Apple wants to steal Windows users, should Microsoft be concerned?

Apple recently unveiled a new iPad, called the Pro (again), at an event held on its Cupertino campus. The event was only an hour-long and also introduced a smaller, 4-inch iPhone, called the SE (an abbreviation of "Special Edition").

The new Pro is smaller, at 9.7-inches, than the 12.9-inch model, but has the same Pencil, a stylus aimed at drawing, and Smart Keyboard, which also acts as a cover. The new device is cheaper than its namesake, at $599 (£499), and comes in storage sizes up to 256GB.

The unveiling of the Pro wasn't the most interesting part of the presentation, however. Phil Schiller, Apple's head of marketing and a regular at events, outlined what could be the company's key strategy to reinvigorate iPad sales: steal Windows users.

"You may not know this," said Schiller, "but the majority of people who come to the iPad Pro are coming from a Windows PC." Schiller then ran through the history of Windows, noting that it was conceived before the Internet, apps, and social media.

This circumstance — that there is now social media, the Internet, and apps — is what makes the iPad Pro a better computer than a traditional laptop, at least in Apple's estimation.

It would seem people agree. Apple has sold around 200 million 9.7-inch iPads — the original iPad was this size, so it's a fairly good measure of historical sales — since 2010, despite declines year-over-year in recent times. Last quarter, which was the three months leading up to January, saw sales of 16.1 million.

That figure is a decrease, but only because of one macro trend that Apple likely didn't anticipate: When people buy an iPad, they hold onto it for a really long time. In some areas, the original iPad still has a 10 percent (or more) marketshare and its nearly six years old.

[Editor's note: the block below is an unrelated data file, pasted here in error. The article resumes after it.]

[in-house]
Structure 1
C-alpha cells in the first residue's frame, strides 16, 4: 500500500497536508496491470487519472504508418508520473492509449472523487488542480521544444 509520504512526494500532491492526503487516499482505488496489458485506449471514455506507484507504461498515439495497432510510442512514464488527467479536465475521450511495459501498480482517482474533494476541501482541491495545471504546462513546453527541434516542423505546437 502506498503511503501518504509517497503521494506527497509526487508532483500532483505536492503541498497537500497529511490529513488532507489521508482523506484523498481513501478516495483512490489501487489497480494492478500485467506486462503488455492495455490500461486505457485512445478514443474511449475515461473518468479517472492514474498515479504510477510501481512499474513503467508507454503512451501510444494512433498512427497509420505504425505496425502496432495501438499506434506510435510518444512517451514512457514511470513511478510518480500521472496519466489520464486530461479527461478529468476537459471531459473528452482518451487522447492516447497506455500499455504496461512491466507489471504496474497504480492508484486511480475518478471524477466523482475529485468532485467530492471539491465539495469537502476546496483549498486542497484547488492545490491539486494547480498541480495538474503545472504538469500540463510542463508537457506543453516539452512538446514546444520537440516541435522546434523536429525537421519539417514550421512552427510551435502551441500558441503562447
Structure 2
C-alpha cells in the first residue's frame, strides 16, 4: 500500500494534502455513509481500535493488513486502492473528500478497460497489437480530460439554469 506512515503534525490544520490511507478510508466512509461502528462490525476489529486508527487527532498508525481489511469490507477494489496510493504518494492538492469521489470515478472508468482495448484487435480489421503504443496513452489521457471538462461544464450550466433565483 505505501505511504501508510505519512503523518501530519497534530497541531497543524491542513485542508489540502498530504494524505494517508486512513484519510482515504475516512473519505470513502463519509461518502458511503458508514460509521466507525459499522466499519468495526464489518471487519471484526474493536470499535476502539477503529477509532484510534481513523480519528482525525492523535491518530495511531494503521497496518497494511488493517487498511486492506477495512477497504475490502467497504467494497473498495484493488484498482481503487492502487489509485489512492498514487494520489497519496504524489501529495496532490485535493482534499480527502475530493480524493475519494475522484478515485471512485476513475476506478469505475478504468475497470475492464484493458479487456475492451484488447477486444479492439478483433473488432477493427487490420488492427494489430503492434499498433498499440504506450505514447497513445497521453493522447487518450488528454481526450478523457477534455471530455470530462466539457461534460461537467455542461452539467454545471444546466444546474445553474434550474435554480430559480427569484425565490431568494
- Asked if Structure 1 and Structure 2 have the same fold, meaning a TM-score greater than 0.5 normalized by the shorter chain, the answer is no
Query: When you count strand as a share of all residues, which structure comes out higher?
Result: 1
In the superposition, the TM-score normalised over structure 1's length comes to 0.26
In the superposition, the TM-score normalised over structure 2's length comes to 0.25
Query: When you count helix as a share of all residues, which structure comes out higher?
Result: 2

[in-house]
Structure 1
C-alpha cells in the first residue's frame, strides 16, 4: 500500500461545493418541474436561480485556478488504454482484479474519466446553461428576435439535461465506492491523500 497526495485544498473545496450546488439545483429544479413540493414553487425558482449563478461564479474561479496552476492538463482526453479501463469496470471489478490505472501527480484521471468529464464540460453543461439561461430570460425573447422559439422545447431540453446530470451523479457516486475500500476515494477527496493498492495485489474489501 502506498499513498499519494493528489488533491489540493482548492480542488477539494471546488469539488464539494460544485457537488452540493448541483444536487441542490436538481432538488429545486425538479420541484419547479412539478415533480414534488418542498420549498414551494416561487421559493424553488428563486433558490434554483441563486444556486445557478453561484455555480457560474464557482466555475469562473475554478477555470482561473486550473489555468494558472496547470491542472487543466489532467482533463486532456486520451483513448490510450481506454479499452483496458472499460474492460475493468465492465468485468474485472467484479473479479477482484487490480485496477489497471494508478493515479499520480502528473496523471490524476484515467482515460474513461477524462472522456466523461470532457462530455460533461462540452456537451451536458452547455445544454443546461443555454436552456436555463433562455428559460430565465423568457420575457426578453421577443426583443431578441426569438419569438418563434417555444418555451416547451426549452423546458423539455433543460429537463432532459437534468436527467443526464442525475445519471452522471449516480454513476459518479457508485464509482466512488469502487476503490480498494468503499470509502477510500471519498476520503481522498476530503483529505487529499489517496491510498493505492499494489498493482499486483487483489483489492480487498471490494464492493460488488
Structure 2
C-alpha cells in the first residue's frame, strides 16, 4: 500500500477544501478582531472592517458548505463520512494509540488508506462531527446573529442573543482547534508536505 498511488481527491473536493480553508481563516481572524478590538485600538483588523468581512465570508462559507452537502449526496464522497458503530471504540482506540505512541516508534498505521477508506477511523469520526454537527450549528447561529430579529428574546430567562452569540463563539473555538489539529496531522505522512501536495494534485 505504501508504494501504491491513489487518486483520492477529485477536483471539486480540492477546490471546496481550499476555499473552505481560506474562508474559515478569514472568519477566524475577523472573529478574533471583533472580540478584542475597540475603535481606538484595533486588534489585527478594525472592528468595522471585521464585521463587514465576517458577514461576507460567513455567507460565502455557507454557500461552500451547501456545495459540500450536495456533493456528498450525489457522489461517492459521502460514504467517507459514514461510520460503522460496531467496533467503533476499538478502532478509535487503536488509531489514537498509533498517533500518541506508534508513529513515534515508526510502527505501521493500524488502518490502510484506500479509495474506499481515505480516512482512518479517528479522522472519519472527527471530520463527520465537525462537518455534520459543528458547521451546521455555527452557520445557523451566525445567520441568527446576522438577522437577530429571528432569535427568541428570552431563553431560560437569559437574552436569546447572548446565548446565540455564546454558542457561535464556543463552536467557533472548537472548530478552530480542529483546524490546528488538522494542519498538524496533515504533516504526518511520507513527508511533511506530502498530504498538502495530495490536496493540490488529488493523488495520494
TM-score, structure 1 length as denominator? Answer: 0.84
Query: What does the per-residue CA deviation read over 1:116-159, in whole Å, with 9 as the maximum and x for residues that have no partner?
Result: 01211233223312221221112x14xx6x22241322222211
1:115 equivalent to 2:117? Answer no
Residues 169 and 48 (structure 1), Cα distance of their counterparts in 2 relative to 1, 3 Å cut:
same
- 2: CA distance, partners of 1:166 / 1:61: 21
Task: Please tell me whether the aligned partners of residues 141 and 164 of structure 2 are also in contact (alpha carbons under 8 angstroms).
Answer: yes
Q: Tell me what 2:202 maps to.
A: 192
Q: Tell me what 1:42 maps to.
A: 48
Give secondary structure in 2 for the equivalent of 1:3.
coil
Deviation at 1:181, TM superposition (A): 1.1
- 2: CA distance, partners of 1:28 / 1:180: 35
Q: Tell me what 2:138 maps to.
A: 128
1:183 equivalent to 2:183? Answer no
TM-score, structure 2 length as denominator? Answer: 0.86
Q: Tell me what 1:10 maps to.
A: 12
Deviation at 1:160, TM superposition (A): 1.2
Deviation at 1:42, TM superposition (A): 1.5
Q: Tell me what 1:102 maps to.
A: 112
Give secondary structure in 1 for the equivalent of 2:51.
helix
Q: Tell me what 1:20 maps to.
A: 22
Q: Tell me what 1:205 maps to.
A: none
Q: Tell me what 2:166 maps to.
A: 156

It's likely because customers reacted in this way that Apple decided to pivot the iPad into a computer, rather than the casual consumption device Steve Jobs demoed from an armchair in 2010.

Schiller went on to detail the fact that there are over 600 million PCs in use today that are over five years old — something he described as "sad" to laughter and applause from the audience — and it's this market that Apple is aiming for.

The 9.7-inch iPad Pro gets unveiled onstage.

The 9.7-inch iPad Pro gets unveiled onstage.

This news sounds like it would be bad for Microsoft. Apple is trying to take Windows customers! But, when you consider the recent changes made by Satya Nadella and the executive team, it isn't so bad.

For one, the Surface tablets are selling well and are the best competition to Apple's iPad Pro that there is. Anyone who is considering the Pro may also be considering the Surface, which is a big step forward for a company that only started making computers in 2012.

For two, Microsoft now doesn't rely as much on Windows — or, at least, is trying to move away from it. This shift started with Windows 10. Microsoft made the new operating system free so that it could attract as many users as possible (one billion is the goal) and is now attempting to sell them stuff, like apps, rather than a license to use the operating system.

The merits of this change are up for debate — and it remains unclear what happens when the "offer" Microsoft is running that gives away Windows 10 expires in July — but its the course the company is on and, if successful, it would render this threat neutralised.

Essentially, Apple may be looking to steal Windows users but the company can still sell those users stuff, like Office. It no longer matters that Microsoft doesn't have full control over the operating system because it is present on all operating systems and makes money from them.

This strategy appears to be working, as more than 340 million people are now using Office on Android and iOS, according to Microsoft, and the revenue the company generates from Office 365, the subscription service, is increasing year-over-year.

It helps that the bulk of Microsoft's revenue comes from enterprise clients — who, it's worth noting, still have to buy Windows licenses — but the core fundamentals of its business are changing and the threat Apple poses is now largely mitigated.

So, it remains to be seen if people will, in fact, migrate from Windows to the iPad but that doesn't mean Microsoft can't still make money from those users and that is what matters.

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